Does Backyard Vegetable Gardening Enhance Perceived Household Food Security and Dietary Diversity?

By: Julieta Dorado  

The people’s rights and control over access to foods they prefer is viewed within the framework of food sovereignty approach. In this study the translation of the approach was investigated through the backyard vegetable gardening and the relationship to dietary behaviour of schoolchildren and households and perceptions on food security. The implementation of Backyard Vegetable Gardening Program (BVGP) was assessed in two Philippine provinces and the National Capital Region (NCR), covering four municipalities, two cities in the NCR and 10 barangays. Barangay is a term referring to village and it is the basic political unit in the Philippines. In-depth qualitative data were obtained on the experiences and perceptions of program participants on backyard vegetable gardening through key informant interviews and focus group discussions (FGD). Food intake of the children and the households was determined by asking about the foods consumed for the past 24-hours for two non-consecutive days, using the dietary diversity score (DDS) questionnaire. The findings show that gardening continues to be a women’s concern and it enhances the feeling of being food secure. Households with and without garden did not differ in knowledge about the importance of vegetable consumption. Unexpectedly, having vegetable garden did not affect the dietary behaviour of school children and households. The dietary diversity scores of schoolchildren and households with and without garden are equally low. The study recommends that backyard vegetable gardening program be put in more comprehensive review taking into account the annual resources allocated for it and to ensure the efficacy and sustainability of the program.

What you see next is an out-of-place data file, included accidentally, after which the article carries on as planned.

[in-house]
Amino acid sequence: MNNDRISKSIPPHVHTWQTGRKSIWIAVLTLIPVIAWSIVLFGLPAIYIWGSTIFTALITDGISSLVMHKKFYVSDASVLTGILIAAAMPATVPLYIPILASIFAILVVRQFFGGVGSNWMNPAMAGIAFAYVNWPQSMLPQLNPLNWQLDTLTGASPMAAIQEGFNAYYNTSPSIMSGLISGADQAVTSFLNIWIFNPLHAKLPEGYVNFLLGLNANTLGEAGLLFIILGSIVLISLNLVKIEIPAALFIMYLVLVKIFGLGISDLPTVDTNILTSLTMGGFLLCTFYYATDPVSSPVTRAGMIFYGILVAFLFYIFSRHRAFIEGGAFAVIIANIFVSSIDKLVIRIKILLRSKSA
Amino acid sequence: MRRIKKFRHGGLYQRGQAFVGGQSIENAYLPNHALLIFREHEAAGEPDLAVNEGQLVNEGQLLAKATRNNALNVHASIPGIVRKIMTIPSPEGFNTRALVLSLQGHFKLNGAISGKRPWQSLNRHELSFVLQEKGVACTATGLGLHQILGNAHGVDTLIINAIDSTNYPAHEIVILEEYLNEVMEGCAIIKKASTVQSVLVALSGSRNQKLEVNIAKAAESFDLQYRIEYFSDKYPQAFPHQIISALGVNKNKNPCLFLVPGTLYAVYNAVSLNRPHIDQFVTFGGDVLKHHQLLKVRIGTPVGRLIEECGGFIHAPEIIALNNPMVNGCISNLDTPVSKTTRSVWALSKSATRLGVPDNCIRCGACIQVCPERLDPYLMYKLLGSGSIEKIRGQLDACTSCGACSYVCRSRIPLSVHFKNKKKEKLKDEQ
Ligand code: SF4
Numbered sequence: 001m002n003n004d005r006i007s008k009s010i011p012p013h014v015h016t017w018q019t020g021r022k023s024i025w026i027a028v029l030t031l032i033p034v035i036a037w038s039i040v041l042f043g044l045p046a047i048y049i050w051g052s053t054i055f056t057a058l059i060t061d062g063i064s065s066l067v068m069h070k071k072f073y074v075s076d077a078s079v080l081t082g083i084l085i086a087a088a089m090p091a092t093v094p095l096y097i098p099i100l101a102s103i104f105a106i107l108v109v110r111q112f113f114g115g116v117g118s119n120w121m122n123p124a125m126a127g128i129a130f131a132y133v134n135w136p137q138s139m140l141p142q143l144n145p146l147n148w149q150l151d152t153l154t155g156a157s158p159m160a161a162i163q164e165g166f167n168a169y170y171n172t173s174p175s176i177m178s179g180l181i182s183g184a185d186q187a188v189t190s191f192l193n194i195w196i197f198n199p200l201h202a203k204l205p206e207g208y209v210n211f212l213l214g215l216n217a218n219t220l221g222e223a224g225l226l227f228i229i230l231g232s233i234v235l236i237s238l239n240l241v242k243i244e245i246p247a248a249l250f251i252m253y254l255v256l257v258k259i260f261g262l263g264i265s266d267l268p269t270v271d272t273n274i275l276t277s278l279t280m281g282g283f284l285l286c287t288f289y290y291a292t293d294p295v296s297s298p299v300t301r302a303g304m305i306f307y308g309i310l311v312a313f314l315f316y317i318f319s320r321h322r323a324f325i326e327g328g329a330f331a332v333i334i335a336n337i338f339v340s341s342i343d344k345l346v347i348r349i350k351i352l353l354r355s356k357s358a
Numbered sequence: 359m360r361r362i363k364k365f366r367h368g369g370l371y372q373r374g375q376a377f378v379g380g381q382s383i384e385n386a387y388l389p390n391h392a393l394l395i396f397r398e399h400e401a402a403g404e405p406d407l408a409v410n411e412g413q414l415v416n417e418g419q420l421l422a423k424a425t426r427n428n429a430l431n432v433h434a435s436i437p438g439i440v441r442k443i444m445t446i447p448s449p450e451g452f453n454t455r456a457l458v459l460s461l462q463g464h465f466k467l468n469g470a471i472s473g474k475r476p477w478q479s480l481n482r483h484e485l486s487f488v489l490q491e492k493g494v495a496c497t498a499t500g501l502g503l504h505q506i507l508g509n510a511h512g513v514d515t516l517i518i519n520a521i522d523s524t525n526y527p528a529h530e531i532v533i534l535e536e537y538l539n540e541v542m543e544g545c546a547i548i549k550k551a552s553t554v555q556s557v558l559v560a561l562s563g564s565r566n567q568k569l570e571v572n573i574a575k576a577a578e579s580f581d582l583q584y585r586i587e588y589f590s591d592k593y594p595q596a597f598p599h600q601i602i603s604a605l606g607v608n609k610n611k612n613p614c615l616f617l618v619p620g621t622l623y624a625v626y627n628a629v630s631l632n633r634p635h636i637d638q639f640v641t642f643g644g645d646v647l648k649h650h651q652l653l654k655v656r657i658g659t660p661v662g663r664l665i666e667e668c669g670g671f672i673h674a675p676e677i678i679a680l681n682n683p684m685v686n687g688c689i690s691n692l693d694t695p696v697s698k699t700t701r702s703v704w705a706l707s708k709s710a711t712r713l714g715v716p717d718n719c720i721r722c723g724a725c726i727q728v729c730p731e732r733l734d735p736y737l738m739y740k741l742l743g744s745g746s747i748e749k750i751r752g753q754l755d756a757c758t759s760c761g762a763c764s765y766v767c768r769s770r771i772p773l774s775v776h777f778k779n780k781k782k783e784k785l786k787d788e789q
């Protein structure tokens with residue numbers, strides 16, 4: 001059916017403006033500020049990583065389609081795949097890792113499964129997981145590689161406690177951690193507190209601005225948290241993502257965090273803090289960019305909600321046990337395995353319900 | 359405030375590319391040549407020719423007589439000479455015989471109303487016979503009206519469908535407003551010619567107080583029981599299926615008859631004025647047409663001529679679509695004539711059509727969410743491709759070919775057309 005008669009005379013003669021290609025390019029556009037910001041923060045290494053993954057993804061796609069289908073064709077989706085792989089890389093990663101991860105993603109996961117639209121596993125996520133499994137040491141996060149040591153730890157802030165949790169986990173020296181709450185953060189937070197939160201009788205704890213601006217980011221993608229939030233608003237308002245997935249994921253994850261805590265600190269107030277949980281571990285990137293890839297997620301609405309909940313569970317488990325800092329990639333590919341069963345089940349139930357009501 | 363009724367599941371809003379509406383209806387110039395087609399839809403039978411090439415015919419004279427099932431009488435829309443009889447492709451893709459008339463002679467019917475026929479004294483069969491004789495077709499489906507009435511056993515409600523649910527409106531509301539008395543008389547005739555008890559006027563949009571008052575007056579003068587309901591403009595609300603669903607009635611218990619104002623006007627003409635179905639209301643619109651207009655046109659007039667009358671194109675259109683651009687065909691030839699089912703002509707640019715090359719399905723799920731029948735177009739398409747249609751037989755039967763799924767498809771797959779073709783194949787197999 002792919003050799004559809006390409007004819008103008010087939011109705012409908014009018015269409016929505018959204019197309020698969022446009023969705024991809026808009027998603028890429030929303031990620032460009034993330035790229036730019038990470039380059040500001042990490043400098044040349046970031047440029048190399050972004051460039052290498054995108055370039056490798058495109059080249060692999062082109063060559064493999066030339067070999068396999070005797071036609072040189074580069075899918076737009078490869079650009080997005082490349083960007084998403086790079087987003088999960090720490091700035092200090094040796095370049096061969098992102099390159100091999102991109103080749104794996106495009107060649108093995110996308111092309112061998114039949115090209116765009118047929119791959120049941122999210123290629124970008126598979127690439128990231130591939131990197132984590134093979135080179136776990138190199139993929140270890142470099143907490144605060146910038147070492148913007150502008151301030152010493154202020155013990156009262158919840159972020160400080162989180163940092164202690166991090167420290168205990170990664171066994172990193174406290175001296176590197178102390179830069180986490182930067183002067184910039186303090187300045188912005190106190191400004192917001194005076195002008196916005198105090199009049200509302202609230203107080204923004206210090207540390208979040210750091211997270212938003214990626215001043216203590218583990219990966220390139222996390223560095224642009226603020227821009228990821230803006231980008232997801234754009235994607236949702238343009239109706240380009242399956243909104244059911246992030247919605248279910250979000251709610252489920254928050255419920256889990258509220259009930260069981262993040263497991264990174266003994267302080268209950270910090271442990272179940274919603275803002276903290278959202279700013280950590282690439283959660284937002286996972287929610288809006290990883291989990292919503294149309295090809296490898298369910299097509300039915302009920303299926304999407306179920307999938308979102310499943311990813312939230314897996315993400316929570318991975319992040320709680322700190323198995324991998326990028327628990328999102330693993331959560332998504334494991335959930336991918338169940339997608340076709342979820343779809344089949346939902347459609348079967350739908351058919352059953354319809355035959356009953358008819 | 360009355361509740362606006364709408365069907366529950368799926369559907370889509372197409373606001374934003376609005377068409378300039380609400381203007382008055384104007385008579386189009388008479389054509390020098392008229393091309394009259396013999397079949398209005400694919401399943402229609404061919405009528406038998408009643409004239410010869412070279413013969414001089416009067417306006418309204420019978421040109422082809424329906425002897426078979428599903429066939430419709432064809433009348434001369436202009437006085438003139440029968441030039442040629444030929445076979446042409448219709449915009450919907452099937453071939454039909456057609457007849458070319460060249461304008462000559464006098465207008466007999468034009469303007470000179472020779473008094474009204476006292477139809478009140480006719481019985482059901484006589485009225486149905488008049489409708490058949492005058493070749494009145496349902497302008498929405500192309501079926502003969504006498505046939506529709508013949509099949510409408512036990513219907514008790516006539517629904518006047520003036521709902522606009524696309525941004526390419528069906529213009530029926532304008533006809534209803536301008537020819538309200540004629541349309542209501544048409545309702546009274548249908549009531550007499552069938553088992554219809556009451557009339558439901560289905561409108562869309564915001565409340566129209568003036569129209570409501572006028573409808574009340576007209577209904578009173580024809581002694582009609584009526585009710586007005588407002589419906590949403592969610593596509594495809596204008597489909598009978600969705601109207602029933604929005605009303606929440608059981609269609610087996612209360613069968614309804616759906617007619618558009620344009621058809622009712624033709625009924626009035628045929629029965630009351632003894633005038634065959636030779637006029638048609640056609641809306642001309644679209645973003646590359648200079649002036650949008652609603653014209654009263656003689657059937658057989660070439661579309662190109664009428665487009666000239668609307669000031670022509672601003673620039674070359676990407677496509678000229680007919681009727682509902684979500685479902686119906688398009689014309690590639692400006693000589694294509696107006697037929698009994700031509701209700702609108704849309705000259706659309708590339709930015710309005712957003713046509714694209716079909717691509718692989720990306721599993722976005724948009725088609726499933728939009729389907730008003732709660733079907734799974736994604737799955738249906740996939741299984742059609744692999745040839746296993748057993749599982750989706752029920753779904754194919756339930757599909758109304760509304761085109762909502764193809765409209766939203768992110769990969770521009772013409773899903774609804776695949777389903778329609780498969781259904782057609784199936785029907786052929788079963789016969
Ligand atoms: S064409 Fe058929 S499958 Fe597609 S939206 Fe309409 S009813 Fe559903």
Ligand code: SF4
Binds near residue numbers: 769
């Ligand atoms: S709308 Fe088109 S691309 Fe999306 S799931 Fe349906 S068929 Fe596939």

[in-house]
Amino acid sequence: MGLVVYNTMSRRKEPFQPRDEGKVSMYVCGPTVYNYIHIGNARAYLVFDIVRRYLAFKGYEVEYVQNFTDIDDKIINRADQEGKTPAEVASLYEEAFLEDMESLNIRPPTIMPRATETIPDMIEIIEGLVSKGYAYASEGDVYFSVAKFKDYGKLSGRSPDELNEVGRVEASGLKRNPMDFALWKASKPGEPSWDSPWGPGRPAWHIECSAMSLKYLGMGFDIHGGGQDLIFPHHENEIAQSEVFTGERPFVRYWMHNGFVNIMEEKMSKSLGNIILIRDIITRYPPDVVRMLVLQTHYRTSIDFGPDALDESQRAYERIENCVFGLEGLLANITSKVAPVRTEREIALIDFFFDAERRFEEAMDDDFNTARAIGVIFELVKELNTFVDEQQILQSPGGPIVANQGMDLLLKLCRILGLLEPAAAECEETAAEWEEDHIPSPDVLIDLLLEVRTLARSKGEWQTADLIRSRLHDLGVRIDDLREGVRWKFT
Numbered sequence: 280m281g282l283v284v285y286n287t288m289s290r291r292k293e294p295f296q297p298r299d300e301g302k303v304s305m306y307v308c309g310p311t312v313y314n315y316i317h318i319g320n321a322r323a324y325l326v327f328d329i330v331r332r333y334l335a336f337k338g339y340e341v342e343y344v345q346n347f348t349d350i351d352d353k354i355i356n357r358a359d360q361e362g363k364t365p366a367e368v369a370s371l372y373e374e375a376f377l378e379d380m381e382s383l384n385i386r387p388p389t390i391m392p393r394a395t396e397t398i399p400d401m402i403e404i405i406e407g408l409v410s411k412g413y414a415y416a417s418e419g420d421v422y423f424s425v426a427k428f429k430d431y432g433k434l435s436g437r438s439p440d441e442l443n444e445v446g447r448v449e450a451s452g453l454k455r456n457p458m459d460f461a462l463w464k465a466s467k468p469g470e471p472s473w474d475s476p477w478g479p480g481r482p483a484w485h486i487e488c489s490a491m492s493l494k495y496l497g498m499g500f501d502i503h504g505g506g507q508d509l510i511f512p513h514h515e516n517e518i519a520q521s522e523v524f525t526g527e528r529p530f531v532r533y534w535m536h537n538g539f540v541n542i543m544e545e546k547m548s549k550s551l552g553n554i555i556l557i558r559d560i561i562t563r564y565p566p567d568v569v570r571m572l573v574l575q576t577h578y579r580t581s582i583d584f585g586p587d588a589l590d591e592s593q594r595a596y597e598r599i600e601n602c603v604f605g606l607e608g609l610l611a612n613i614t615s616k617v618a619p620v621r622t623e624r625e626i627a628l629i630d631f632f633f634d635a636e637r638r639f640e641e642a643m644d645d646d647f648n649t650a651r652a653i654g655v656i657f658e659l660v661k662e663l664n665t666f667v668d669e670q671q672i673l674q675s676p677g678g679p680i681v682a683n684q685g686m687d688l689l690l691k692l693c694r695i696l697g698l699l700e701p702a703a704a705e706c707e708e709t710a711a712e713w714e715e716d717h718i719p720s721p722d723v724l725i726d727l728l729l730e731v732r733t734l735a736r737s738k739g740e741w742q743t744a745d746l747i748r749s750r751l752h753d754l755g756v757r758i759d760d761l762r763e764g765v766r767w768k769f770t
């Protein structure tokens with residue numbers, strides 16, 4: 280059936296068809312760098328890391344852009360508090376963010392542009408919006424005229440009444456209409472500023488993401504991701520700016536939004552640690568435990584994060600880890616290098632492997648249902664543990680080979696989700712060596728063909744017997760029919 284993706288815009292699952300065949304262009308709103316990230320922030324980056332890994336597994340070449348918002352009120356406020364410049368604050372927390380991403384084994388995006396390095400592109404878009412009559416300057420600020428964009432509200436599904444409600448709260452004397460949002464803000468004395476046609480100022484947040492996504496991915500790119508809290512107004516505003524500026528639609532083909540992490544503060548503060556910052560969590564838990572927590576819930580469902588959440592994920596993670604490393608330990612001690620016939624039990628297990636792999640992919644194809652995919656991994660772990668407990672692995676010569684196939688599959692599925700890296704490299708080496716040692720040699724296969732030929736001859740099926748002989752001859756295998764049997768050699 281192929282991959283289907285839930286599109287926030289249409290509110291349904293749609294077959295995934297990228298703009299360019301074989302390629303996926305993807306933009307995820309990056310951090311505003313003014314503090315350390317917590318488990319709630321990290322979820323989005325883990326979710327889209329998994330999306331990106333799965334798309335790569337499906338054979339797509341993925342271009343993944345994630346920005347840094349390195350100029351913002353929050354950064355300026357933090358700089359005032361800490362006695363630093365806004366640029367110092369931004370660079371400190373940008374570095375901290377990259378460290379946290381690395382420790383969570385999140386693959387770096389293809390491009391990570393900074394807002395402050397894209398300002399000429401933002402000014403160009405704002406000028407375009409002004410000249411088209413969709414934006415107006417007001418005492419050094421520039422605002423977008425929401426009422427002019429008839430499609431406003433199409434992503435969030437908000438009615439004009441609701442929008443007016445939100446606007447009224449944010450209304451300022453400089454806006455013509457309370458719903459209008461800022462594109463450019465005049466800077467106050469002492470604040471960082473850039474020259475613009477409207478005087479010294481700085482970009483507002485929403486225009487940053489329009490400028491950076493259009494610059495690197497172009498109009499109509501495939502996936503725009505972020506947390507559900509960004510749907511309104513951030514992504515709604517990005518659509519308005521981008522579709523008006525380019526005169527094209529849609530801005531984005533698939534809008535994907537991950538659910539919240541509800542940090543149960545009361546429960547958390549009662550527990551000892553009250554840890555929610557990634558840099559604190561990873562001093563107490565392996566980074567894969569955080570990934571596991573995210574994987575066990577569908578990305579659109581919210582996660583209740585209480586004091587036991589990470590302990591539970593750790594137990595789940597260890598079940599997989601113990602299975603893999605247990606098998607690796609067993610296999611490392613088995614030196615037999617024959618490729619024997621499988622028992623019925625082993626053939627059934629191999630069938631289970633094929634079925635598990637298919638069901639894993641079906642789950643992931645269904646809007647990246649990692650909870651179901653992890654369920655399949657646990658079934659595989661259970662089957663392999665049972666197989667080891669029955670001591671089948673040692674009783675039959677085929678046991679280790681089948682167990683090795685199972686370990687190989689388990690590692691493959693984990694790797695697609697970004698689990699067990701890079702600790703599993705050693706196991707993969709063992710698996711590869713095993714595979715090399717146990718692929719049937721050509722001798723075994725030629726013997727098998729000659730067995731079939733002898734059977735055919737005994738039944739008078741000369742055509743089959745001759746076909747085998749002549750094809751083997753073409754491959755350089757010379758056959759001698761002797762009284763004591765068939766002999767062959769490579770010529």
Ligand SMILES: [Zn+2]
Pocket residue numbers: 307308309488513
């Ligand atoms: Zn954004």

Dietary Behavior, Food
Food Production and Sustainability
Paper Presentation in a Themed Session

Julieta Dorado

-, -, Food and Nutrition Research Institute, Philippines
-, Philippines